4. present and discuss educational issues. (NAEYC Standard 5, Professional Tool 3)
  5. ? demonstrate the knowledge, skills, and dispositions of a reflective educator. (NAEYC Standard 5, Professional Tools 6, 9)
Core Assessment:

Class Assessment:
COURSE ASSESSMENT
Participation - Student attendance and participation is essential to accomplish the outcomes of the course.  It is expected that students will provide constructive peer review of chapters and contribute to the classroom learning environment.

Proposal Outline – Identify your problem and briefly explain what procedures you plan to use to solve it. (About 1 page double space)

Formal Proposal (Chapters 1-3) - Each student will develop a proposal that describes the project.  It should include a definition of the problem, a review of literature and a corresponding methodology.
The proposal is the plan by which you will explain your project and determine how it will be evaluated.  The following format is provided for guidance as you develop the proposal for your project. (rubric to be developed in class)

I. Define the Problem
? State a well-defined problem.
? Identify possible solutions, again using current appropriate research.
? Identify your solution and why you decided on your particular approach.

II.  Review of Literature
? Include current and appropriate research in review.  
? Literature review should include multi-disciplinary perspectives when appropriate
? The project needs to be related to current best practice research.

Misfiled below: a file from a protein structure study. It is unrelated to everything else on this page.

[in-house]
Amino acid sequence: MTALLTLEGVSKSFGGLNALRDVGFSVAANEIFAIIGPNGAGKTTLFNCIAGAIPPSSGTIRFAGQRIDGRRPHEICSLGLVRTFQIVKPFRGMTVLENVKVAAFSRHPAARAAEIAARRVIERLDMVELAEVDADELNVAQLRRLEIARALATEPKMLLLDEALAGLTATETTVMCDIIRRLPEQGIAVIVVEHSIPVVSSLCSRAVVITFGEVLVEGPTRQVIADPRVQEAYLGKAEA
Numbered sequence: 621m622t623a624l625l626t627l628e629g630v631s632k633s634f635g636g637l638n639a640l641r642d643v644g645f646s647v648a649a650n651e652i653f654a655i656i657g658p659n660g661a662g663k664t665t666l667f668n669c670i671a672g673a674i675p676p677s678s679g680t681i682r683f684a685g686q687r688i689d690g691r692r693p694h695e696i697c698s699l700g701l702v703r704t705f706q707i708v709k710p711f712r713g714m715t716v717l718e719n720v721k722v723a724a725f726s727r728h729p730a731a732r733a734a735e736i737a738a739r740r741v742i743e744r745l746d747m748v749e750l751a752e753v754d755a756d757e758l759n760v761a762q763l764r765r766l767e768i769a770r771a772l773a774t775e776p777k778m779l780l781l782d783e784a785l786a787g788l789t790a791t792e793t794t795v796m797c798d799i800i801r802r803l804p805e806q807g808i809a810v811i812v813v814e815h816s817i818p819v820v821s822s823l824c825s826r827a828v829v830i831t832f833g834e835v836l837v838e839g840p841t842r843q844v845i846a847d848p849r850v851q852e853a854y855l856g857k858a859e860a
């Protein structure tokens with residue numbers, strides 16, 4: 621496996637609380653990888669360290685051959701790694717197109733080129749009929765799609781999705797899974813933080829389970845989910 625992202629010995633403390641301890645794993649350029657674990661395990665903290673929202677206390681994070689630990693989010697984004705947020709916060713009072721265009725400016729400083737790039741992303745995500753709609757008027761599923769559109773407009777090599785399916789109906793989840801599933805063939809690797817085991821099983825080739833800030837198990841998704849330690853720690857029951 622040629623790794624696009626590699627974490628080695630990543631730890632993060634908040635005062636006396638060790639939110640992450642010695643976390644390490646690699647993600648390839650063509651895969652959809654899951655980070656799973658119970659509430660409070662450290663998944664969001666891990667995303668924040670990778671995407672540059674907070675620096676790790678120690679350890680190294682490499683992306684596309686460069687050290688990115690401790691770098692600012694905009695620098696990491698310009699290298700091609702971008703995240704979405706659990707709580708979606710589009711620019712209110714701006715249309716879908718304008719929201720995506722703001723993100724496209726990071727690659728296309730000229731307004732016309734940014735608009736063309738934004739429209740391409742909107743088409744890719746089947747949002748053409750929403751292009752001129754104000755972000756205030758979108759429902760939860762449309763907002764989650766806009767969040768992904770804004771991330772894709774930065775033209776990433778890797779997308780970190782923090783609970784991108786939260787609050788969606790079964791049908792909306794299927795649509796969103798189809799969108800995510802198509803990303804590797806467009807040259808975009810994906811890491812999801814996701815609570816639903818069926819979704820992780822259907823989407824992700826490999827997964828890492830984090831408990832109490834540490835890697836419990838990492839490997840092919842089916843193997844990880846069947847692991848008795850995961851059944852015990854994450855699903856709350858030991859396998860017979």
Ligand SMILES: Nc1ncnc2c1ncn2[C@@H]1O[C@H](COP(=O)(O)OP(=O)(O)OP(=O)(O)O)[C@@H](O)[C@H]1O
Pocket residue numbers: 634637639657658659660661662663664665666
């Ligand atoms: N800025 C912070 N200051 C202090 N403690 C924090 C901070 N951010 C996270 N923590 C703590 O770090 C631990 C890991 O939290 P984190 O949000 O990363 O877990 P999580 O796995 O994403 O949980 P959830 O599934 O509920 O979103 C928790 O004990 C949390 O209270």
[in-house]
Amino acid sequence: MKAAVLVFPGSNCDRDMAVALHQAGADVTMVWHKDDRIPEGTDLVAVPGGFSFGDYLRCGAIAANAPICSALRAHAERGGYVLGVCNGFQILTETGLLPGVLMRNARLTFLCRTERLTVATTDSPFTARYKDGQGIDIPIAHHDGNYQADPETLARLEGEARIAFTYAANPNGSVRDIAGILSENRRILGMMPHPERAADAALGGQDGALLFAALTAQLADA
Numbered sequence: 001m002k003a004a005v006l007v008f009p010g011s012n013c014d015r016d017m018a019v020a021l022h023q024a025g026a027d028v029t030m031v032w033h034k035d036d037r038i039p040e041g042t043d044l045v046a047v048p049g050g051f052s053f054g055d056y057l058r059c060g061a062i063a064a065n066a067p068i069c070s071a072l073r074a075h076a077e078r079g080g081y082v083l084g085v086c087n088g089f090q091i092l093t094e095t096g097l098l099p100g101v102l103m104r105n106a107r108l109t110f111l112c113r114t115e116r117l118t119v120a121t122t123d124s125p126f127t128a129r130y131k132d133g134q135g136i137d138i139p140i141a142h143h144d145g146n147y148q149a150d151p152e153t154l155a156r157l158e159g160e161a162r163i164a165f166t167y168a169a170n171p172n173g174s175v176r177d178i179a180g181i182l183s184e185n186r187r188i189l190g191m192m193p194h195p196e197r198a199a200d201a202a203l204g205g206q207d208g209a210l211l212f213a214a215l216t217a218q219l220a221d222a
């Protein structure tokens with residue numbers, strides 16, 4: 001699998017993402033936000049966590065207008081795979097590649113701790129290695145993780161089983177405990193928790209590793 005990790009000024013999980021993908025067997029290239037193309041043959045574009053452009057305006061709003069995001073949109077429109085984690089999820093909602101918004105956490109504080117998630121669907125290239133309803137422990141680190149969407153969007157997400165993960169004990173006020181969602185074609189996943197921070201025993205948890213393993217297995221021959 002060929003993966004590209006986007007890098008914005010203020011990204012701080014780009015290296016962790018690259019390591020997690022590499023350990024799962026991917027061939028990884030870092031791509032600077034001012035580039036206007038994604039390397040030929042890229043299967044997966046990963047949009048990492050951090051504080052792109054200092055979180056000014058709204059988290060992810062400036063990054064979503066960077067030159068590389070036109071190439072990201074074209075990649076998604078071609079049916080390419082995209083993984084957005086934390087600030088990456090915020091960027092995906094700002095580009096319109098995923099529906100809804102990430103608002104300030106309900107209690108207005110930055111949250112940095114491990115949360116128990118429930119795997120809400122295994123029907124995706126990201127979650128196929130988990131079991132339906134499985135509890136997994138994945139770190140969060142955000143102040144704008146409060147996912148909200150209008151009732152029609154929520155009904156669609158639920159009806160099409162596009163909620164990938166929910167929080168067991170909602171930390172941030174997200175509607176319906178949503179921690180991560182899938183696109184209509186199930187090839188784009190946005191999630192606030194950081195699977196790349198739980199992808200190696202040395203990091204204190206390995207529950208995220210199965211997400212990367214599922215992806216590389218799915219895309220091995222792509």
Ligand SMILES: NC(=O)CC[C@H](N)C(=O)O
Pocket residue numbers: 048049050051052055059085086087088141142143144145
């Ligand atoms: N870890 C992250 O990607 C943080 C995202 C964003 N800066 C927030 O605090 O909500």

III.  Methodology
? Action Research design should be sound and relevant
? Data collection techniques should be workable and design should include a triangulation of data sources.
? Hypothesis should be testable when included

Grading:
Formal Proposal (100 pts.) Scale
90 - 100 – A
80 – 89 – B
70 – 79 – C
60 – 69 – D
0 – 59 – F

Late Submission of Course Materials:
Work must be turned in on time to receive full credit.

Classroom Rules of Conduct:
Please reserve Wednesday evening for this class meeting, and arrange your day so that you are able to arrive at 5:00pm and remain until 9:30pm.  We will begin class promptly at 5:00pm, take breaks to keep our minds fresh and engaged, and plan for a variety of learning opportunities, including small group research work and large group conversations.  

Please turn off all cell phones and reserve breaks for phone calls.

Course Topic/Dates/Assignments:
TENTATIVE SCHEDULE
The following is a tentative weekly schedule of classroom activities.  Please note that the schedule may be modified to achieve to maximize learning opportunities.  If appropriate, individual meetings/ communications with students will held during weeks three through seven in lieu of one of the formal class meeting.
Week One (June 7)
? Get acquainted activities
? Brainstorm possible educational needs/problems
? Discussion of proposals and Chapter 1
? Action Research
? Submit proposals according to guidelines provided (Due June 14th)
Weeks Two & Three (June 14 and 21)
? Submit Chapter 1 for peer review (Due June 21st)
? Peer and instructor review of proposals and Chapter 1
? Suggestions provided
? Discussion of Chapter 2
Weeks Four & Five (June 28  and July 5)
? Submit Chapter 2 for peer review (July 5)
? Peer and instructor review of Chapter 2 with suggestions
? Discussion of Chapter 3
Week Six & Seven (July 12 and 19)